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Cleveland Day of .NET Aftermath

May 18, 2008

Yesterday, I presented at the first annual Cleveland Day of .NET in Beachwood, and it was a fantastic experience. I was able to meet some brilliant people — although at times it was a little surreal, since I already “knew” them from Twitter and it was like I was meeting them all over again. The presentations that I attended were all excellent, and the conversations in the hallways and at lunch and dinner were even better.

Off the top of my head, it was great to meet: Dan Hounshell, Alan Stevens, Joe Fiorini, Mike Eaton, Leon Gersing, Sarah Dutkiewicz, John Stockton, Corey Haines, and Brian Prince. I know that I’ve forgotten some people from this list, and I’m sorry… the day was really a whirlwind, and my memory is horrible. If I’ve forgotten you, please post a comment or send me a tweet and I’ll make it right! Thanks very much to everyone involved in organizing, sponsoring, and attending the event.

For my first time presenting in front of a larger audience, I felt like it went pretty well. I was admittedly a little intimidated — although very excited — when it ended up being standing-room-only during my presentation. Thanks to everyone that came to watch me speak, and I hope you found it useful! Thanks also for the kind words and great feedback afterwards, and a special thanks to Alan Stevens for “refactoring” the projector when it decided to overheat halfway through. :D

Here are my slides, and you can also download them below:

As promised, a more complex code sample that illustrates some of the principles I discussed in the talk is available to download here. The code sample illustrates some of the more advanced uses of Ninject — stuff that I never could fit on a Keynote slide. I encourage you to tear it apart and get your hands dirty. The best way to learn the value of IoC is definitely to try it for yourself.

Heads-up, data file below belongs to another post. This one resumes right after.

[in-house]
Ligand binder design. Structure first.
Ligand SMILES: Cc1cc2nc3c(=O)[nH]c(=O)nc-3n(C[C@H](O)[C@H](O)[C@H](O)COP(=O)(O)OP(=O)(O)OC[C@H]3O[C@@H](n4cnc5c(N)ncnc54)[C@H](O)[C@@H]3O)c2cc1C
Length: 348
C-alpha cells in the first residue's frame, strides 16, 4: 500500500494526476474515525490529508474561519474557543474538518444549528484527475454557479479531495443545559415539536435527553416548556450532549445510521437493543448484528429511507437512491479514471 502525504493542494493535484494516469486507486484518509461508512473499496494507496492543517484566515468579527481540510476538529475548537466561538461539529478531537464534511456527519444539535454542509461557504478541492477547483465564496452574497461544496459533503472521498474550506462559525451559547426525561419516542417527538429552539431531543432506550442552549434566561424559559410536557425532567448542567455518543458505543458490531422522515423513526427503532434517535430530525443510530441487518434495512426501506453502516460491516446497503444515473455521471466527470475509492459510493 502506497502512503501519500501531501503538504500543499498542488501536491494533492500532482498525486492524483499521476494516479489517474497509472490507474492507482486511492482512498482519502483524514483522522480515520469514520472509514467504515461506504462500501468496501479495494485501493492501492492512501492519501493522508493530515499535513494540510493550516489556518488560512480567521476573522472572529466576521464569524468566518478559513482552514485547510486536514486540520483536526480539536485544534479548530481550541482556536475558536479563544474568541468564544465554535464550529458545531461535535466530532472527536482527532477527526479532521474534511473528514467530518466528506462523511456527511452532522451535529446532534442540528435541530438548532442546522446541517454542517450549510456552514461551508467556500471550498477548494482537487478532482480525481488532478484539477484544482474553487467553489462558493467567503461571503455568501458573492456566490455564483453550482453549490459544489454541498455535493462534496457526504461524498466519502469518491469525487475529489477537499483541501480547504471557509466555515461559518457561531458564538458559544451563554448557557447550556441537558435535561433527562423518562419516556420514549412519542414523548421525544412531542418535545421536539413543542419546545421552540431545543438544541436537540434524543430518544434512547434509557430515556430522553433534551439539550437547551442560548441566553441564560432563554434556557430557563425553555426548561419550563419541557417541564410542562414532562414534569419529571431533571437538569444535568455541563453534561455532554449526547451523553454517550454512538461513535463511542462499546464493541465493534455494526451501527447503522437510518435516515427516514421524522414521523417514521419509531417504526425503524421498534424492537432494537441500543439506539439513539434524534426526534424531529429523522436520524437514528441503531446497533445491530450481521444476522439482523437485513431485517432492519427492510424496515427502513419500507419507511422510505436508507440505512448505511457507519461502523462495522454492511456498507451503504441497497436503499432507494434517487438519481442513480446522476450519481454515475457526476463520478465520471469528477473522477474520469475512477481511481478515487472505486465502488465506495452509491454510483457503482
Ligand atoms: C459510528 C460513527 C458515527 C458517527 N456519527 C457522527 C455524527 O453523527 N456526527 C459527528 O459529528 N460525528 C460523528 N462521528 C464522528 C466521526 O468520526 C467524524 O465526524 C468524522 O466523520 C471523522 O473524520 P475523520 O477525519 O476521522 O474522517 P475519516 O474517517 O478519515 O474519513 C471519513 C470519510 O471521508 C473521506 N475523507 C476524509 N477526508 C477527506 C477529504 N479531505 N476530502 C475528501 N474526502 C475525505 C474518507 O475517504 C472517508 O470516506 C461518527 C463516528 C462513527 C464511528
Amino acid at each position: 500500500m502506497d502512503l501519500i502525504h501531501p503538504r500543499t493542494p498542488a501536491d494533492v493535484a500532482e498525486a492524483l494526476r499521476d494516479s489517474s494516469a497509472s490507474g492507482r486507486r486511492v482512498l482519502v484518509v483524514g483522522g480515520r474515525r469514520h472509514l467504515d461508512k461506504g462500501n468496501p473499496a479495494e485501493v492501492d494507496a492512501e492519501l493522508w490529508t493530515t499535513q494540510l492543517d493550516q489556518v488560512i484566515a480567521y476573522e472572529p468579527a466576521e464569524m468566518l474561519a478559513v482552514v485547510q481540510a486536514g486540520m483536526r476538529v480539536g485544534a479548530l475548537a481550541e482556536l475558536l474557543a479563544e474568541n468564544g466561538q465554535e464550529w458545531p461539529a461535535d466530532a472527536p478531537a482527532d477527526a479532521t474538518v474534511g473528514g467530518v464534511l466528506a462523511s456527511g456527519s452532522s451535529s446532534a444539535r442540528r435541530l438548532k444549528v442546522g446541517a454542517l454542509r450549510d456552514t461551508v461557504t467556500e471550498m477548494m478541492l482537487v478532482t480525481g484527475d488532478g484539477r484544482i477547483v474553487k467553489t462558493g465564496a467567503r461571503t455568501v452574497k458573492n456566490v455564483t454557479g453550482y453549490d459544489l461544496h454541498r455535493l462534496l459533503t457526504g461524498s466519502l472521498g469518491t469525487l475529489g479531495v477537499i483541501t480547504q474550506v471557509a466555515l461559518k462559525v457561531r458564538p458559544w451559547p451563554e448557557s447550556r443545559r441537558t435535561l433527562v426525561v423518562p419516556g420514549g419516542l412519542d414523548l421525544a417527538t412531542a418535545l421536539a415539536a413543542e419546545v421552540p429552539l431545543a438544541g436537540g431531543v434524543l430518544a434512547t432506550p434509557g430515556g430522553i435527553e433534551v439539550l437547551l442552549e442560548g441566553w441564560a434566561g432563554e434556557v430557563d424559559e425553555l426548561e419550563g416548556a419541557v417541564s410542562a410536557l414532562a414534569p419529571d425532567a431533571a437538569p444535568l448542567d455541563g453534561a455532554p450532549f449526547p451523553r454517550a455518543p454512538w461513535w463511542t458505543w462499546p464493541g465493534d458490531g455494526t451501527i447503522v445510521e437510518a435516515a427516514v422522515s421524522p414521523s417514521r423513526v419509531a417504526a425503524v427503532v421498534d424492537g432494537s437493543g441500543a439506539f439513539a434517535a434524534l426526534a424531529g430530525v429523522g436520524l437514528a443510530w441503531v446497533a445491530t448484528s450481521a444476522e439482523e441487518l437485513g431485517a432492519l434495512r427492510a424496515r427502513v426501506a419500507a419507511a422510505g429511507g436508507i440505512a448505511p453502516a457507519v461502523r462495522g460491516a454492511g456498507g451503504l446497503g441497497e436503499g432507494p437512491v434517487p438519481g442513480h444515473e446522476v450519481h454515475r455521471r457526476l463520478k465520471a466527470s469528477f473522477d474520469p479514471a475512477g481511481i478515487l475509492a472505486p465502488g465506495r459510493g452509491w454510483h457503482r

Slides (Keynote): designing-for-change.key.zip
Slides (PDF): designing-for-change.pdf.zip
Sample project: wargame.zip

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5 Comments
  1. You did a great job and I really enjoyed your session. All it’s gonna take for me to start using Ninject is Silverlight support. :-)

  2. Thanks for presentating, Nate. Your presentation was fantastic, and you did a great job of having concrete examples using NInject without making your project the center of it. It is impressive when a speaker can weave their own product into a presentation without making it the center of it.
    Plus, it is nice to see someone putting so much emphasis on IOC and the related guidelines.

    All-in-all, great job; I enjoyed it immensely.

    P.S. Kudos for using recaptcha

  3. Nate I really got a lot out your presentation… and it started me thinking differently about software architecture. Thanks for the investment you have put into this, I hope to use what you have done in future projects.

  4. Loved the presentation! Oh, and Ninject is pretty sweet too :-)

  5. Nice Presentation! I learnt something, (and gained some extra understanding). Recently a number of presentations on DI I have looked over were a little dry, and did not mention Event injection, which is just insanely Awesome.

    thanks for the sweet DI Framework :D

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